Cairo-based Arab African International Bank (AAIB) has announced a 20 per rise in profits to $12.1 million in 1995, the first full year since it cleared its balance sheet of a substantial burden of nonperforming syndicated loans. General manager Mohsen Khaled says the bank made no additional specific loan loss provisions in 1995, and is confident it will hit its profit target of $16 million-17 million in 1996. Shareholders are to receive cash dividends totalling $5 million from the 1995 profits.
The bank’s total assets rose by 15 per cent in 1995 to reach $822 million. A particular feature was the 37 per cent rise in total loans to $245 million. This means the bank’s loan portfolio has recovered to 1993 levels after the write-offs of the bad debts. Customer deposits rose by 14 per cent to $507 million.
Khaled says the bank had a strong performance in the UAE in 1995, and was more active in the domestic Egyptian market.
AAIB has branches in the UAE, the UK and Lebanon, in addition to its Egyptian base, where it has six branches operational and three more due to open this year.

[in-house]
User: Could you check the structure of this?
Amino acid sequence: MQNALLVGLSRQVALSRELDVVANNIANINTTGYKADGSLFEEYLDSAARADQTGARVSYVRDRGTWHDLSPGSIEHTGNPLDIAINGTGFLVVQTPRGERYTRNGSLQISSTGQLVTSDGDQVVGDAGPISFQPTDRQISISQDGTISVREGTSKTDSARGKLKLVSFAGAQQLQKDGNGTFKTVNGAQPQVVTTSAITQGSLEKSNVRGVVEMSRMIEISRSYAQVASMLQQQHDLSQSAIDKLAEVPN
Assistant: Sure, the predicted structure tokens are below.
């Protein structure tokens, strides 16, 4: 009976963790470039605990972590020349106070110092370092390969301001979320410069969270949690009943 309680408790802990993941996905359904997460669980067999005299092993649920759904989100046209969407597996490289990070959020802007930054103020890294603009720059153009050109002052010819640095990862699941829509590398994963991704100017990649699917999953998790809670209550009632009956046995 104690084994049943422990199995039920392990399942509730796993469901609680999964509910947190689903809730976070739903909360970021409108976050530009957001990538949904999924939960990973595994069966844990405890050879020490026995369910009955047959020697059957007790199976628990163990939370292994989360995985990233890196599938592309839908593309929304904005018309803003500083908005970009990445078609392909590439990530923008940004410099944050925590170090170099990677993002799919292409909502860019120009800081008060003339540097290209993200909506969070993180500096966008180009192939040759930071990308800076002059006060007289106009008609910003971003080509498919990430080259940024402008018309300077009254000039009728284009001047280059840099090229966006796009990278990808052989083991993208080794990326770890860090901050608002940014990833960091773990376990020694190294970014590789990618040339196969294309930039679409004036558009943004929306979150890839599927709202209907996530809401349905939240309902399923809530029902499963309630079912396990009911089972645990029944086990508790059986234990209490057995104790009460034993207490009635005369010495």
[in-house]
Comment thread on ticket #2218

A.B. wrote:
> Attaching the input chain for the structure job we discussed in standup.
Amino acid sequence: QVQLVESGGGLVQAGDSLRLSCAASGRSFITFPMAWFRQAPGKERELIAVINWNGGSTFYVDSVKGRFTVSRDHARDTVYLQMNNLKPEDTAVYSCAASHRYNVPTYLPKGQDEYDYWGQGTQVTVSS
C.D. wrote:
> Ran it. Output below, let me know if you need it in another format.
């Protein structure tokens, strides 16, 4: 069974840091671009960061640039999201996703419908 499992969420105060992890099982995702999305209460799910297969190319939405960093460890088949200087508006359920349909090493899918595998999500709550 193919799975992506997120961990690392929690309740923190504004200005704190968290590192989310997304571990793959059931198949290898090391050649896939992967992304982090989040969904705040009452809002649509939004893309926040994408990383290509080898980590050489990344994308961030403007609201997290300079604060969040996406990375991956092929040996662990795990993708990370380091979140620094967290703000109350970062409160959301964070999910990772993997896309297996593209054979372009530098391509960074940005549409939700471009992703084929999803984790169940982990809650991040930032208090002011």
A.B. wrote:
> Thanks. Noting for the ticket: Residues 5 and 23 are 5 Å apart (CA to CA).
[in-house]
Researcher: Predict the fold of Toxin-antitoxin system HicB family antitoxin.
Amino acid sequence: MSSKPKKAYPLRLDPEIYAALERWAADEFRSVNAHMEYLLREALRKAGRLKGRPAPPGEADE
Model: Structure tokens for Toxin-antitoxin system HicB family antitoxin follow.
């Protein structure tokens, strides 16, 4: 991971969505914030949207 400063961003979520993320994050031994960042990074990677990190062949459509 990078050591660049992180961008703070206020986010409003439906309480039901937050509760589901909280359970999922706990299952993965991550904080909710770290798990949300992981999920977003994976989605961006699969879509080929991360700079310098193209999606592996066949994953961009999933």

One of the priorities for the coming period will be to develop the investment banking side of AAIB, Khaled says. He envisages AAIB approaching this side of the business as a specialist intermediary, rather than as a source of direct investment. The bank has secured a licence to set up a mutual fund in Egypt, and has identified a leading US firm to act as fund manager.
However, Khaled says the bank has decided the time is not yet right to go ahead with the fund. ‘We took a prudent decision to postpone the launching of our local fund due to the lack of evident breadth in the local equity market,’ the chairman’s statement explains.
AAIB has also been discussing with an international investment bank the formation of a joint-venture portfolio management company, targeted at the Egyptian market.
The bank is owned by the Central Bank of Egypt, the Kuwaiti Finance Ministry (49.37 per cent each) and other Arab interests. It was founded in 1964 according to a special Egyptian law.